I had my first taste of alcohol a few days before the start of my freshman year at New York University. In high school, all of my close friends either stayed on a short leash with their parents or made arrangements for volunteering or studying for tests on the weekends. I never really felt a fear of missing out when it came to high school parties since sleep appealed to my brain and body more after rigorous school days. However, two days after arriving in New York I never felt freer. After two days my friends told plenty of stories about their escapades on campus.
My competitiveness kicked in and I knew that I needed to do something great in the Big Apple before midterms and finals made everything too real.
I had officially moved into my dorm in New York City. The warmth of the sun during the summer days and the warmth of the city lights at night gave us plenty of time to come up with things to do since we had a week before classes kicked in. My plans included attending the hundreds of school welcome events happening, but a close friend from home suggested other plans.
Towards the end of the week, she suggested that we attend one of the New York parties that college students from other schools would attend. Although choosing to attend a party happens rarely for me and I didn’t know many people, I agreed to go anyway. It turned out more excitement awaited me than I expected. Upon our arrival, the city street made little noise, as quiet as Manhattan can get during the late hour of 10 p.m. However, as soon as the door buzzed and we went up the stairs a completely different scene engulfed our eyes.
Purple and blue lights lined the walls as we ascended a swirling white staircase. A long line for the bathroom started wrapping around the corners of the New York-sized apartment space. I figured since the first floor seemed so small I could relax and not stress about my first wild college party experience, but in a matter of minutes this notion expelled. Somehow the owner managed to fit a beer pong table at the top of the stairs. Across from where the beer pong table provided refreshments, a kiddie pool decorated the entrance to the rest of the balcony. The balcony of the apartment continues to hold a special place in my memory. The incredible views mirrored the balconies in blockbuster movies. Looking out over the balcony, I felt like the main character of my favorite musical. Right there at the edge of the balcony under the stars signified my entrance to New York City.
It felt like a dream as we made friends with other freshmen trying to find their place in the big city. However, I soon realized that as my surprise faded so did my fascination with the party within an hour. On the other hand, my friend from home became the party. Since most of my friends don’t drink, I never ended up in many situations that included confronting one’s drunkenness. On my first real night in New York, time ticked a bit past midnight and I realized that I really didn’t know how to take the subway back without my very drunk friend.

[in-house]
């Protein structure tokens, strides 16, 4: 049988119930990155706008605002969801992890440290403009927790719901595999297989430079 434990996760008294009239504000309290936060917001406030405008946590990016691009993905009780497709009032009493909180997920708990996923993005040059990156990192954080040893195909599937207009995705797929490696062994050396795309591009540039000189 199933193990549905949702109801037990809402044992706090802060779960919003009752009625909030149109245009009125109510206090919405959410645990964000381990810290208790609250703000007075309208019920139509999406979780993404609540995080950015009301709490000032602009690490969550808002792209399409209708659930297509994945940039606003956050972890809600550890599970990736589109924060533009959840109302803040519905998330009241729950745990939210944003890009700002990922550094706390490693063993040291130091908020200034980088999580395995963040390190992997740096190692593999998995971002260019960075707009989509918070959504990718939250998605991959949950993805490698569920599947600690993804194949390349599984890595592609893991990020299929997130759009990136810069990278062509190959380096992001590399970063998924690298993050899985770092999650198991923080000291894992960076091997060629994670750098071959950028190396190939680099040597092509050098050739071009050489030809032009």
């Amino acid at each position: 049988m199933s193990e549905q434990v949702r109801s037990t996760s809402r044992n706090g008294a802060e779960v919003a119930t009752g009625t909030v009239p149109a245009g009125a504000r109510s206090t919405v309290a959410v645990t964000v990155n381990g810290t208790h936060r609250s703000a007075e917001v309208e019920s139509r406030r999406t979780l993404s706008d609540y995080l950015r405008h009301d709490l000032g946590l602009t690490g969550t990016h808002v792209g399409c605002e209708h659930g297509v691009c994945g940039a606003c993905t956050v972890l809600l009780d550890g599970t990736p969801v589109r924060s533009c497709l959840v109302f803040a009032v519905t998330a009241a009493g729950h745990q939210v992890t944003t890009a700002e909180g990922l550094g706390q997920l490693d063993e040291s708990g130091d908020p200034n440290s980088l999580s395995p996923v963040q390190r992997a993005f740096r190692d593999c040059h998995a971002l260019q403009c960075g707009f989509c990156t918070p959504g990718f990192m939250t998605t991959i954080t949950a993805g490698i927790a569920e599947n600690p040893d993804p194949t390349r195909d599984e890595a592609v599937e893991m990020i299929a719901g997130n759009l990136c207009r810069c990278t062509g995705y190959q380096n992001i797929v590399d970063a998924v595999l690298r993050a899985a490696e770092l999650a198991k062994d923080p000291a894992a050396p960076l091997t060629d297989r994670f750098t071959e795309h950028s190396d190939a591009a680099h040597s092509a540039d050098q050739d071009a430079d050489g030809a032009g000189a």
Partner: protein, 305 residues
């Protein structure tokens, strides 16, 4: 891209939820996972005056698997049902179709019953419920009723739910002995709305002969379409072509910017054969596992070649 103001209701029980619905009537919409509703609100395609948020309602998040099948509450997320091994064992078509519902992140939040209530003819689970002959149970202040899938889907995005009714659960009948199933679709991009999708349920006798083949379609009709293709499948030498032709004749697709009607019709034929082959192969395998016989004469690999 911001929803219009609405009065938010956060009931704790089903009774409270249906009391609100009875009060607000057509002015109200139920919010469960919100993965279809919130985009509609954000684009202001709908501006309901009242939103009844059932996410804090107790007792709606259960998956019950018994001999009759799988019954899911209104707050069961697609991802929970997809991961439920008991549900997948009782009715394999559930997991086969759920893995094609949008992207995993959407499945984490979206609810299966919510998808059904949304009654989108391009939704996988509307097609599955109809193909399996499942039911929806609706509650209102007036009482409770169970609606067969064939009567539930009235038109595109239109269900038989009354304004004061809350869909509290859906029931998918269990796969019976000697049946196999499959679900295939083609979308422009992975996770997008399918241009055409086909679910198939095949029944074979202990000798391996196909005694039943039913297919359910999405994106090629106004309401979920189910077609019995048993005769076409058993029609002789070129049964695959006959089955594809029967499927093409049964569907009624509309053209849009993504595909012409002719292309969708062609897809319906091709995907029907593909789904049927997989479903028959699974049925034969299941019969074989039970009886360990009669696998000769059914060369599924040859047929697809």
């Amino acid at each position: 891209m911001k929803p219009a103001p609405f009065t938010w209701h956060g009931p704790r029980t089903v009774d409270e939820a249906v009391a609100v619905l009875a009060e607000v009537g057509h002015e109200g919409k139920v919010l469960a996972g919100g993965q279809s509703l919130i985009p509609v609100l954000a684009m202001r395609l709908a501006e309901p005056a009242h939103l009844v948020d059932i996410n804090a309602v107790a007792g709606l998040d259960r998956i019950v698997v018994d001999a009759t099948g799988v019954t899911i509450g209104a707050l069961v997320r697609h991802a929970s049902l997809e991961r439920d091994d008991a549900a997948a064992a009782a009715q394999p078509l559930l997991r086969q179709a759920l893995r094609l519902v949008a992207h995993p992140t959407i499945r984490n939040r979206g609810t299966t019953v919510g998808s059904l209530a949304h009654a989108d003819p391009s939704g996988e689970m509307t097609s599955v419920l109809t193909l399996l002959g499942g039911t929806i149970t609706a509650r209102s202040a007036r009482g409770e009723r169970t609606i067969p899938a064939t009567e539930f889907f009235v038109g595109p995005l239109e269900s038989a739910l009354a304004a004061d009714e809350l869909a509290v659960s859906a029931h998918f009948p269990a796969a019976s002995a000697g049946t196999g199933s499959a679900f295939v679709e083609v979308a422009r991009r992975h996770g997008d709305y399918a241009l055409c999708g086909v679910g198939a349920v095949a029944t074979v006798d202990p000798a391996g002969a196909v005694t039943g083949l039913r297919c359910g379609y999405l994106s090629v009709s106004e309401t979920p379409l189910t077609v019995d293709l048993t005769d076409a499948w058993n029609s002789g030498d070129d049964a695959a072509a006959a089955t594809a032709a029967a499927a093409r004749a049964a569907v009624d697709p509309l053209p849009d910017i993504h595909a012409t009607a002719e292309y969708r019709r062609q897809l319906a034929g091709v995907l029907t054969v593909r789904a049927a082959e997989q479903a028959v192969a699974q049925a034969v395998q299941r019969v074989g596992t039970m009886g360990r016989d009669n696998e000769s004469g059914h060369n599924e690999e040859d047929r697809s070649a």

I had already conversed with everyone at the party and danced for a bit to songs I liked and sat on the couch watching others play beer pong. On the other hand, my friend managed to make friends in the kiddie pool and escape out of her shoes for the remainder of the night. I tried to track her down to leave, only to find out that after three cups of mystery juice the party had just started for her. Listening to the voices of my parents in my head, I definitely did not want to take a cup without knowing the contents of it. “I need more jungle juuuuice,” my friend said with a smile before I could even come up with the words to say I’m ready to go, out from my permanent spot on the couch.
I waited another 30 minutes while contemplating whether I made the right decision of coming to a party without a backup plan on getting back. However, after I met other non-alcoholic attendees and chatted about how our first week on our own panned out, soon enough I felt calmer about the experience. When my friend finally agreed to leave I did my best to keep her focused on going back to the dorms. Ironically her intoxicated state of mind got us there better than my limited experience with the subway, which could have brought us to an unknown street in Brooklyn.
Despite not drinking and freaking out over how I would get home, it turns out that if my friend never forced me to stay an extra hour as she tried to argue the beer guy down for more jungle juice, it wouldn’t have turned into one of my favorite memories of my freshman year. Now I always remind myself that although it may seem like you don’t fit in or the appeal of a situation dies down, it can only go up from beginning to end.